# Understanding drift velocities in currents

I have a doubt about the understanding of drift velocities in a current. My problem is that the textbook speaks very loosely about this. It's like: "well, if we apply a field $E$ then the charges will experience a force due to this field, aquire acceleration, colide between then and because of that there will be a small resultant velocity for each particle called drift velocity".

But wait a moment, how can we be so sure of all of that? For me it's a little counterintuitive, and even if it was intuitive, how can we show that this really occurs? In other words, I feel that the first step to understand the meaning of drift velocity is to be really sure that this velocity will exist.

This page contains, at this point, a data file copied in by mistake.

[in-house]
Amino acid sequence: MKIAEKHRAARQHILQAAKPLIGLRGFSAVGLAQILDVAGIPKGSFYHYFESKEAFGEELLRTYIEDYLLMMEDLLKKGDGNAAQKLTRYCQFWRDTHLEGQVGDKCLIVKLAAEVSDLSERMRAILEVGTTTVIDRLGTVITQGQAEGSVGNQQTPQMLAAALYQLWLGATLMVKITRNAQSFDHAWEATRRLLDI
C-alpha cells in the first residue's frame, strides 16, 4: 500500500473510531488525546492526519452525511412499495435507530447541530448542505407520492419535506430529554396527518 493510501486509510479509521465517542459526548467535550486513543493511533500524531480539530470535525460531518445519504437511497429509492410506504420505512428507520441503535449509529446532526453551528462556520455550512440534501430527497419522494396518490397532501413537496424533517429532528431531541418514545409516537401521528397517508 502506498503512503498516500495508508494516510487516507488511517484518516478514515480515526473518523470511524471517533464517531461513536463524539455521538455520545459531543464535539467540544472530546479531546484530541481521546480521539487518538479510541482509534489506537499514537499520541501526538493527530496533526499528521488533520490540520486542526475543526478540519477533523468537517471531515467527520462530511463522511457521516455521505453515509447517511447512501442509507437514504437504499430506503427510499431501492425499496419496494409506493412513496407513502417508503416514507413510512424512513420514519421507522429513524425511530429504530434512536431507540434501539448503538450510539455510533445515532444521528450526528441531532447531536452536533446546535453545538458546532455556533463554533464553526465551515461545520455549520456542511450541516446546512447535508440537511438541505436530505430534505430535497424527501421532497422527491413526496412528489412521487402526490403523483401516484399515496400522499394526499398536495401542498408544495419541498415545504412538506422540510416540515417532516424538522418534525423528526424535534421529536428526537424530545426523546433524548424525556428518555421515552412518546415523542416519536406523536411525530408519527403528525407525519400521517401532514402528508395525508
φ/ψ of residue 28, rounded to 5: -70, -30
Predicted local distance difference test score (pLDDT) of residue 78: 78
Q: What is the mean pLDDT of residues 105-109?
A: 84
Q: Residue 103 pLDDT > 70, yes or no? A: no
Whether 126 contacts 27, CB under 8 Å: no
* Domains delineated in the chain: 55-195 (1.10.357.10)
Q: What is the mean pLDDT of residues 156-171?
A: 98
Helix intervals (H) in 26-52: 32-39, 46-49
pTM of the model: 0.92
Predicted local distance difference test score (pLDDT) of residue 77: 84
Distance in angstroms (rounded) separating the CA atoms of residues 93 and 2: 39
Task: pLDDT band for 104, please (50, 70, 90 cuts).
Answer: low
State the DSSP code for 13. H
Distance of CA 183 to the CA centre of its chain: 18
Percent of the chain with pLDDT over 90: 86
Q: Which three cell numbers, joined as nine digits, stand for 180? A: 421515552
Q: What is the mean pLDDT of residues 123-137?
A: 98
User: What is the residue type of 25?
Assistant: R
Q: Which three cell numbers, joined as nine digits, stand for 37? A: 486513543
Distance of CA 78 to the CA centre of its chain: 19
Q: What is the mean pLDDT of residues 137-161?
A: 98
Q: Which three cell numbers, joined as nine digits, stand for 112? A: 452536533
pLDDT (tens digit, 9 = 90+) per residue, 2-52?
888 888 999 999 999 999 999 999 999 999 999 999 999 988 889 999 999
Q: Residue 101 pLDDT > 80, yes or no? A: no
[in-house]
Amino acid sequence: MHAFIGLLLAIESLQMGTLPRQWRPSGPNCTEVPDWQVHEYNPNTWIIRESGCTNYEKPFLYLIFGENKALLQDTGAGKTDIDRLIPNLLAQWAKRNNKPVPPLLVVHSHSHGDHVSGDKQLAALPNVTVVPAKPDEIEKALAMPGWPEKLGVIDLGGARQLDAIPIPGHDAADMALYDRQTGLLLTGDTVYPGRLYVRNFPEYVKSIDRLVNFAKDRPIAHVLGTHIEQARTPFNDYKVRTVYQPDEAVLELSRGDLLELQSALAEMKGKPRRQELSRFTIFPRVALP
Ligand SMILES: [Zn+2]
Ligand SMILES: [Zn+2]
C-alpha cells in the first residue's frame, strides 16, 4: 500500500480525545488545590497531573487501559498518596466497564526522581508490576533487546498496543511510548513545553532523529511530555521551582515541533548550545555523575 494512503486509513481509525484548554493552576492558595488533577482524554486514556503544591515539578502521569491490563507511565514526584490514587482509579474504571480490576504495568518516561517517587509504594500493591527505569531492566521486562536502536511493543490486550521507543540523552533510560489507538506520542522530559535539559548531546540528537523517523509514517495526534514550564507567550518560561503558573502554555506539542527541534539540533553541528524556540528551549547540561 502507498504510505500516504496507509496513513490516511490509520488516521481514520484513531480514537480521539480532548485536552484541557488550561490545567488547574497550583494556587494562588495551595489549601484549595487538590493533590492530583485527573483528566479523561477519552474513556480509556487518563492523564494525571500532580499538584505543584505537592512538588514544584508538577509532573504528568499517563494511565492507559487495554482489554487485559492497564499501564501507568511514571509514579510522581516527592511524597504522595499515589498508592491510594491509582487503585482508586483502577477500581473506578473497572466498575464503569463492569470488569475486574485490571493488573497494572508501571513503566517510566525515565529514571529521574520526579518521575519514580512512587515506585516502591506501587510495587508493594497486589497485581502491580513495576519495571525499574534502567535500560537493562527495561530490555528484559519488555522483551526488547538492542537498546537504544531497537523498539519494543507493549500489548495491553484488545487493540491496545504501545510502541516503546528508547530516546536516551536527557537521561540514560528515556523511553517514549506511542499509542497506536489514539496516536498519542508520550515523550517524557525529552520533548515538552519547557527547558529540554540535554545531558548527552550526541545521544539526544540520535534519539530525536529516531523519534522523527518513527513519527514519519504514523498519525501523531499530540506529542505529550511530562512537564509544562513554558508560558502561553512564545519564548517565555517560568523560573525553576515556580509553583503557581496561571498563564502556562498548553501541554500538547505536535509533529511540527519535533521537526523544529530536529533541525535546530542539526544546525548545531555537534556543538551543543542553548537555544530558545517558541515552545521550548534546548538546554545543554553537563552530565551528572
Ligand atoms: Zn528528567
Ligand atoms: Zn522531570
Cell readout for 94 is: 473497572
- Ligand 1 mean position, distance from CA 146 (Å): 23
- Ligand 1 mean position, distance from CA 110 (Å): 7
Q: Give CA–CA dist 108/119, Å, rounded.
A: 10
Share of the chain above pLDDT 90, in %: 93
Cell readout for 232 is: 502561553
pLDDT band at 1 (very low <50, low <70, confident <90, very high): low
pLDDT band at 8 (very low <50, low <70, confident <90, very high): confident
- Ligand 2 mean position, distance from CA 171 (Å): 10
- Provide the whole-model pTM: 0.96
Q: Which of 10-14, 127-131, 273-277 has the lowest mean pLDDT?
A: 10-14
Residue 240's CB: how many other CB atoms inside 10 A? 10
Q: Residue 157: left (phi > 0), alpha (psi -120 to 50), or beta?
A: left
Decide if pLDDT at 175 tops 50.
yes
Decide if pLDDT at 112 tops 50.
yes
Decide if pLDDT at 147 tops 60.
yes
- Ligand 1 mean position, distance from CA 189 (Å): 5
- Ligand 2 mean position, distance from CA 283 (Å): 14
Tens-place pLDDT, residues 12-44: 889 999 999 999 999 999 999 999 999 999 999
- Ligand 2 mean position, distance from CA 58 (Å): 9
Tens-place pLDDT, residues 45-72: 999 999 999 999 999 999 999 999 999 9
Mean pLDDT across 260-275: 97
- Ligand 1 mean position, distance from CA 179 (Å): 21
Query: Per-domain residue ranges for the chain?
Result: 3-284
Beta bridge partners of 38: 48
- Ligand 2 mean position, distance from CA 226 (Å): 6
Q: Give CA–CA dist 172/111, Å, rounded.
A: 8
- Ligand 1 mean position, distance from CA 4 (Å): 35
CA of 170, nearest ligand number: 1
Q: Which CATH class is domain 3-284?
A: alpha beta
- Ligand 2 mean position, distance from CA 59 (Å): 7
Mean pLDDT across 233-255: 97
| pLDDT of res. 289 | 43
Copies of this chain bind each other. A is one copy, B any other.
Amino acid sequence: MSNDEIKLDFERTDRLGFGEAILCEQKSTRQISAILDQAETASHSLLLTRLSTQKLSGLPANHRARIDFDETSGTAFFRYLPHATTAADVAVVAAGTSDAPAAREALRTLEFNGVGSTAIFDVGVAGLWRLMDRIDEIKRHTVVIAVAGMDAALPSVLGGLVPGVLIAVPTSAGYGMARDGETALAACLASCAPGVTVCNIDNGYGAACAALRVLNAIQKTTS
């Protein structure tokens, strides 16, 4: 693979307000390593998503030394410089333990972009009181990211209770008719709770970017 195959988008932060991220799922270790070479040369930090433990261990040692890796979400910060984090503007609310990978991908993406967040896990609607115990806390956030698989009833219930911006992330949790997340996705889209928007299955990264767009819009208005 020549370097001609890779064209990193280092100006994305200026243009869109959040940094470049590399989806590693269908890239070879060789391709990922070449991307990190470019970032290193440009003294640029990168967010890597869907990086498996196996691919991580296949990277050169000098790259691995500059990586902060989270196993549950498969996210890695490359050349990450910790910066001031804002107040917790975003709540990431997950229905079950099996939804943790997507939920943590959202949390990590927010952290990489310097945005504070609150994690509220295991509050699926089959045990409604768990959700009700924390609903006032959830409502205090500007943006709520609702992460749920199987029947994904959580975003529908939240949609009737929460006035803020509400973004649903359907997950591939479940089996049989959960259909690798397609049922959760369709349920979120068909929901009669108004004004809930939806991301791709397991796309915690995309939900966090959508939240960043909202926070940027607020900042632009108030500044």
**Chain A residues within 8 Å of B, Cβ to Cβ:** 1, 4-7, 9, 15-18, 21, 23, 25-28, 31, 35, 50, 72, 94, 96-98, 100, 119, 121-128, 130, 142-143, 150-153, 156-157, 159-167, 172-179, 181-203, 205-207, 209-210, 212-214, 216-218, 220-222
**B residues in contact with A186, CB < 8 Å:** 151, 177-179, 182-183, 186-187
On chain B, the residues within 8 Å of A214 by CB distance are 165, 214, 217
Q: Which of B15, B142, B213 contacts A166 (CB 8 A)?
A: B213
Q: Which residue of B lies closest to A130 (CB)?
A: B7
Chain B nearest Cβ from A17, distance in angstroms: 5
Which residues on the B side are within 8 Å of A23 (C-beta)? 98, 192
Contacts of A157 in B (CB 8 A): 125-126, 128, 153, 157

And once we've shown it exists, what's is this velocity anyway? Is the velocity of the particle in the direction of the current?

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